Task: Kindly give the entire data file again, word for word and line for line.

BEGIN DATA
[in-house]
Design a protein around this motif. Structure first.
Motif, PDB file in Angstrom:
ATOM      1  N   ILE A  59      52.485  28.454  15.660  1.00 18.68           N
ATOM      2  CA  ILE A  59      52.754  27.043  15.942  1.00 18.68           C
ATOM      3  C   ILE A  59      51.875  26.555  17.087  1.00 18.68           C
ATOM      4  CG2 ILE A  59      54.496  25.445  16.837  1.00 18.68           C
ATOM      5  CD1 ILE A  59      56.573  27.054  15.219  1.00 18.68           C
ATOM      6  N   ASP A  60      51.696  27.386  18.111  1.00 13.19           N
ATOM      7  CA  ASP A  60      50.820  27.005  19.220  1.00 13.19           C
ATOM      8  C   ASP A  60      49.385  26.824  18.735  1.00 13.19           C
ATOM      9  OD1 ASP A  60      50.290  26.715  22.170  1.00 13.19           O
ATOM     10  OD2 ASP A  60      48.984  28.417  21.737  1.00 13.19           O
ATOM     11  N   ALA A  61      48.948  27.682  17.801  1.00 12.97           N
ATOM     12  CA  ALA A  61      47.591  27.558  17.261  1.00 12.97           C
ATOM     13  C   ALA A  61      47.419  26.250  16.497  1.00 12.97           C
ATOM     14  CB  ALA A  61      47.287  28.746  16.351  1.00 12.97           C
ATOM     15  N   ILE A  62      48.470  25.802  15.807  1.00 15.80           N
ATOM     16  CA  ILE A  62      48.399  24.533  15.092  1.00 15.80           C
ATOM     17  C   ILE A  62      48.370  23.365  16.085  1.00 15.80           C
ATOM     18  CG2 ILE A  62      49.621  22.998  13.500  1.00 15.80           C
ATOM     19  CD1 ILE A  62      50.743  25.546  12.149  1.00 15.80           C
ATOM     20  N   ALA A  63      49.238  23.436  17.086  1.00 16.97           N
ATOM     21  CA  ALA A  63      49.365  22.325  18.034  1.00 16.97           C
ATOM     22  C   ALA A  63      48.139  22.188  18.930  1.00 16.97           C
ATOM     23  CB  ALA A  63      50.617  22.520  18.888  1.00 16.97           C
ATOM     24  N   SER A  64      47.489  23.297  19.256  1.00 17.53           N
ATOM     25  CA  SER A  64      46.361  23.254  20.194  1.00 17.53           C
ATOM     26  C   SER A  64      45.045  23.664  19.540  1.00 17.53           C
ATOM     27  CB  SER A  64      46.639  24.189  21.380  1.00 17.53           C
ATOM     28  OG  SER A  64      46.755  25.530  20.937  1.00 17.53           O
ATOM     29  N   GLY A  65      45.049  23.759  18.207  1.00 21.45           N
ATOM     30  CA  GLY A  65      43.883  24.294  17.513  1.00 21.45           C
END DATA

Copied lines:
[in-house]
Design a protein around this motif. Structure first.
Motif, PDB file in Angstrom:
ATOM      1  N   ILE A  59      52.485  28.454  15.660  1.00 18.68           N
ATOM      2  CA  ILE A  59      52.754  27.043  15.942  1.00 18.68           C
ATOM      3  C   ILE A  59      51.875  26.555  17.087  1.00 18.68           C
ATOM      4  CG2 ILE A  59      54.496  25.445  16.837  1.00 18.68           C
ATOM      5  CD1 ILE A  59      56.573  27.054  15.219  1.00 18.68           C
ATOM      6  N   ASP A  60      51.696  27.386  18.111  1.00 13.19           N
ATOM      7  CA  ASP A  60      50.820  27.005  19.220  1.00 13.19           C
ATOM      8  C   ASP A  60      49.385  26.824  18.735  1.00 13.19           C
ATOM      9  OD1 ASP A  60      50.290  26.715  22.170  1.00 13.19           O
ATOM     10  OD2 ASP A  60      48.984  28.417  21.737  1.00 13.19           O
ATOM     11  N   ALA A  61      48.948  27.682  17.801  1.00 12.97           N
ATOM     12  CA  ALA A  61      47.591  27.558  17.261  1.00 12.97           C
ATOM     13  C   ALA A  61      47.419  26.250  16.497  1.00 12.97           C
ATOM     14  CB  ALA A  61      47.287  28.746  16.351  1.00 12.97           C
ATOM     15  N   ILE A  62      48.470  25.802  15.807  1.00 15.80           N
ATOM     16  CA  ILE A  62      48.399  24.533  15.092  1.00 15.80           C
ATOM     17  C   ILE A  62      48.370  23.365  16.085  1.00 15.80           C
ATOM     18  CG2 ILE A  62      49.621  22.998  13.500  1.00 15.80           C
ATOM     19  CD1 ILE A  62      50.743  25.546  12.149  1.00 15.80           C
ATOM     20  N   ALA A  63      49.238  23.436  17.086  1.00 16.97           N
ATOM     21  CA  ALA A  63      49.365  22.325  18.034  1.00 16.97           C
ATOM     22  C   ALA A  63      48.139  22.188  18.930  1.00 16.97           C
ATOM     23  CB  ALA A  63      50.617  22.520  18.888  1.00 16.97           C
ATOM     24  N   SER A  64      47.489  23.297  19.256  1.00 17.53           N
ATOM     25  CA  SER A  64      46.361  23.254  20.194  1.00 17.53           C
ATOM     26  C   SER A  64      45.045  23.664  19.540  1.00 17.53           C
ATOM     27  CB  SER A  64      46.639  24.189  21.380  1.00 17.53           C
ATOM     28  OG  SER A  64      46.755  25.530  20.937  1.00 17.53           O
ATOM     29  N   GLY A  65      45.049  23.759  18.207  1.00 21.45           N
ATOM     30  CA  GLY A  65      43.883  24.294  17.513  1.00 21.45           C